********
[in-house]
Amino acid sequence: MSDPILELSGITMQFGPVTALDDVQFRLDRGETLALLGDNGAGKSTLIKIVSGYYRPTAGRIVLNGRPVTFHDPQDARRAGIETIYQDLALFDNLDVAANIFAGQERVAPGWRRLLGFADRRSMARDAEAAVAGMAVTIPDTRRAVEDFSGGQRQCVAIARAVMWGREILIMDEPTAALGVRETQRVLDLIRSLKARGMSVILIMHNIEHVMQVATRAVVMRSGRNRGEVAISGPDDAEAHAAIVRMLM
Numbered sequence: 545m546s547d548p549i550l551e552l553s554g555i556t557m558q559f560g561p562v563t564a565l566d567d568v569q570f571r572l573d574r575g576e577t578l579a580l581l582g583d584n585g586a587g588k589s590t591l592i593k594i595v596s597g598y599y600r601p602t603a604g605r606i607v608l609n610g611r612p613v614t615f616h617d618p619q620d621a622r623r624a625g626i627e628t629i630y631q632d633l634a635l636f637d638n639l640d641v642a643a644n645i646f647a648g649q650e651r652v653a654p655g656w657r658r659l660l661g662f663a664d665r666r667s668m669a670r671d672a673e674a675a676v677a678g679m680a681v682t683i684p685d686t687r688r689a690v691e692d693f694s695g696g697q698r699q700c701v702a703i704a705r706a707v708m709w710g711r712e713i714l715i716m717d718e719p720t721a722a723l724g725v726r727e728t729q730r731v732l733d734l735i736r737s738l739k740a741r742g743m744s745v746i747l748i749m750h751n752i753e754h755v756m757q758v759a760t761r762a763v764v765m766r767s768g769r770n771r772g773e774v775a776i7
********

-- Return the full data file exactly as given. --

[in-house]
Amino acid sequence: MSDPILELSGITMQFGPVTALDDVQFRLDRGETLALLGDNGAGKSTLIKIVSGYYRPTAGRIVLNGRPVTFHDPQDARRAGIETIYQDLALFDNLDVAANIFAGQERVAPGWRRLLGFADRRSMARDAEAAVAGMAVTIPDTRRAVEDFSGGQRQCVAIARAVMWGREILIMDEPTAALGVRETQRVLDLIRSLKARGMSVILIMHNIEHVMQVATRAVVMRSGRNRGEVAISGPDDAEAHAAIVRMLM
Numbered sequence: 545m546s547d548p549i550l551e552l553s554g555i556t557m558q559f560g561p562v563t564a565l566d567d568v569q570f571r572l573d574r575g576e577t578l579a580l581l582g583d584n585g586a587g588k589s590t591l592i593k594i595v596s597g598y599y600r601p602t603a604g605r606i607v608l609n610g611r612p613v614t615f616h617d618p619q620d621a622r623r624a625g626i627e628t629i630y631q632d633l634a635l636f637d638n639l640d641v642a643a644n645i646f647a648g649q650e651r652v653a654p655g656w657r658r659l660l661g662f663a664d665r666r667s668m669a670r671d672a673e674a675a676v677a678g679m680a681v682t683i684p685d686t687r688r689a690v691e692d693f694s695g696g697q698r699q700c701v702a703i704a705r706a707v708m709w710g711r712e713i714l715i716m717d718e719p720t721a722a723l724g725v726r727e728t729q730r731v732l733d734l735i736r737s738l739k740a741r742g743m744s745v746i747l748i749m750h751n752i753e754h755v756m757q758v759a760t761r762a763v764v765m766r767s768g769r770n771r772g773e774v775a776i7